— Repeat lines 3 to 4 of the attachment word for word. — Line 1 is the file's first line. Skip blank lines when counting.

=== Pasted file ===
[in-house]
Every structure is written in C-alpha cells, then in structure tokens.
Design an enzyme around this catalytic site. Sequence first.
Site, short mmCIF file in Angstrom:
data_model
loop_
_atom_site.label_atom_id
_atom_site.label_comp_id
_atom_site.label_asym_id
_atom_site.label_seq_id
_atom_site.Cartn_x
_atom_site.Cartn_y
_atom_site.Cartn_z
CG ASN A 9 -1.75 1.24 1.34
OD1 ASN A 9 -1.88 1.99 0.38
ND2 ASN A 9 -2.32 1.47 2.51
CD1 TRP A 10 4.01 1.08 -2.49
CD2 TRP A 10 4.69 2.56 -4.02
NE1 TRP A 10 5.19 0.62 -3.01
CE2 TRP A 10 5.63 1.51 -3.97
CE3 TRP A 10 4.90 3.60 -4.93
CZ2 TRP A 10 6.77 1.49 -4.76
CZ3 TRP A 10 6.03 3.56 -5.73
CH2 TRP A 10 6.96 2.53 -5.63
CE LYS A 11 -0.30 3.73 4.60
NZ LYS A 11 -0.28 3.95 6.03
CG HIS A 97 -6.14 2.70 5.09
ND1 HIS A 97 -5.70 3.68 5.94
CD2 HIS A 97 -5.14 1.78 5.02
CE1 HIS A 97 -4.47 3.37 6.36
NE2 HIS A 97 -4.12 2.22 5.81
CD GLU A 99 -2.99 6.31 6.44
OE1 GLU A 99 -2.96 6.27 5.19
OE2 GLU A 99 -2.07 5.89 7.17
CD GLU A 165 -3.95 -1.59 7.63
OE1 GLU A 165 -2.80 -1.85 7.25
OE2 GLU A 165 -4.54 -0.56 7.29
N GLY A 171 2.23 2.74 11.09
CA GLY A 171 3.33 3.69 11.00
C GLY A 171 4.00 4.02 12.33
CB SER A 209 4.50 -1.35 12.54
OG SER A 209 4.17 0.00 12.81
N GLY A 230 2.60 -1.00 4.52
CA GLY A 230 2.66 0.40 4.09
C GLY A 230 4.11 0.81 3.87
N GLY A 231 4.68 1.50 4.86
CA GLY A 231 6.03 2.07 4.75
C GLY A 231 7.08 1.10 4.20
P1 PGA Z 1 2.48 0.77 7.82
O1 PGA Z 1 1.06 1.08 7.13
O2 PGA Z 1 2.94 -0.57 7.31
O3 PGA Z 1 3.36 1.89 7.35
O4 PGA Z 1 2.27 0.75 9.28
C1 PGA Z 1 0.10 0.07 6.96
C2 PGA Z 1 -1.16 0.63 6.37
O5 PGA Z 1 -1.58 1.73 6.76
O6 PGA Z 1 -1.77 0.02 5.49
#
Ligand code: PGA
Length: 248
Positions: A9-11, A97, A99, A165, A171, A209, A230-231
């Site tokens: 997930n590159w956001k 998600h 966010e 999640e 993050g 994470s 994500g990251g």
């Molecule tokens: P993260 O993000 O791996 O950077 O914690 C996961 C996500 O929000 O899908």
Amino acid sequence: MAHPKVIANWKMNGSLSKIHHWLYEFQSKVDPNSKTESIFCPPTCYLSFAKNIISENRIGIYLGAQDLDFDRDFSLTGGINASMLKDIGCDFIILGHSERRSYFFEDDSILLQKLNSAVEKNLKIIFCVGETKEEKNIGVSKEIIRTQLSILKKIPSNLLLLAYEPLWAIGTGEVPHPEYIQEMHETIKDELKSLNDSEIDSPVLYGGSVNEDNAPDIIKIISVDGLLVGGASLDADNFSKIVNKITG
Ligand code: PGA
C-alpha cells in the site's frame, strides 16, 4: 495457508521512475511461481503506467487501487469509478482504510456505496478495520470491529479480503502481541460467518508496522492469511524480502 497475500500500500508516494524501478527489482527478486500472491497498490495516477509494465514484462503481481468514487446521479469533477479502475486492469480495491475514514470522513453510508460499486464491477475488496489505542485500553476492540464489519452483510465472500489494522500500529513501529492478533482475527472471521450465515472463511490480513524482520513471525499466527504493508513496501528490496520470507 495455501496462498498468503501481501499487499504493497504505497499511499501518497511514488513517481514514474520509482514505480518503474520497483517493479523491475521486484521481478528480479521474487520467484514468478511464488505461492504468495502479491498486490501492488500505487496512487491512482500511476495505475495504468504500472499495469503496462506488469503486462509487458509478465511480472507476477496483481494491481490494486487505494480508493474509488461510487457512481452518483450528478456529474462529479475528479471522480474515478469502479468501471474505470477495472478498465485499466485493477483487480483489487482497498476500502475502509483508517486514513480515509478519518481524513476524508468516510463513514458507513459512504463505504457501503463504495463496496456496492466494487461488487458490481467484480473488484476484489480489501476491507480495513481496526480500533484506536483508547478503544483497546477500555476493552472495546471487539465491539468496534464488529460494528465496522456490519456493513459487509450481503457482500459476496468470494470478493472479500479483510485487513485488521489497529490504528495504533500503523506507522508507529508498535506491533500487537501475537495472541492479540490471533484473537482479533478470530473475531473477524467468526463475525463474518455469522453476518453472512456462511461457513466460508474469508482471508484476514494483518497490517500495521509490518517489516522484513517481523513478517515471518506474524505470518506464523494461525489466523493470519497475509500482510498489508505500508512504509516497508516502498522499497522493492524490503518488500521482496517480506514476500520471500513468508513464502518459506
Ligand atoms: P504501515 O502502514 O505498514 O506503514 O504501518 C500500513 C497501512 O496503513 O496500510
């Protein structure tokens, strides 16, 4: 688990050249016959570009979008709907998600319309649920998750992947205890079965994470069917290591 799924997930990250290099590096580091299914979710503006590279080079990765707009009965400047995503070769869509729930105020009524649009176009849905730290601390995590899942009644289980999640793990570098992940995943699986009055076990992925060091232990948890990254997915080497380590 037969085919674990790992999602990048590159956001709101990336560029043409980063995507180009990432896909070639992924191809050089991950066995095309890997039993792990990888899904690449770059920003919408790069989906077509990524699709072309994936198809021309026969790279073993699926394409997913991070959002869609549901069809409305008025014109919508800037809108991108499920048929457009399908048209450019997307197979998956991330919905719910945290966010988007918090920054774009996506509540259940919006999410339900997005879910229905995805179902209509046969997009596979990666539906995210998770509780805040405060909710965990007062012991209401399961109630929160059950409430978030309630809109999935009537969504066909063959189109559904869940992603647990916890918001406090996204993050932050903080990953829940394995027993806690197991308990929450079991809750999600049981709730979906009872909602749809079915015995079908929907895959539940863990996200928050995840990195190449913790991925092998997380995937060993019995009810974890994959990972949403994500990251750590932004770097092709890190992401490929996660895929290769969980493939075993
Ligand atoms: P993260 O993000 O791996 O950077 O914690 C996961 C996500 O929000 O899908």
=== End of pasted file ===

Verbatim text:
Design an enzyme around this catalytic site. Sequence first.
Site, short mmCIF file in Angstrom: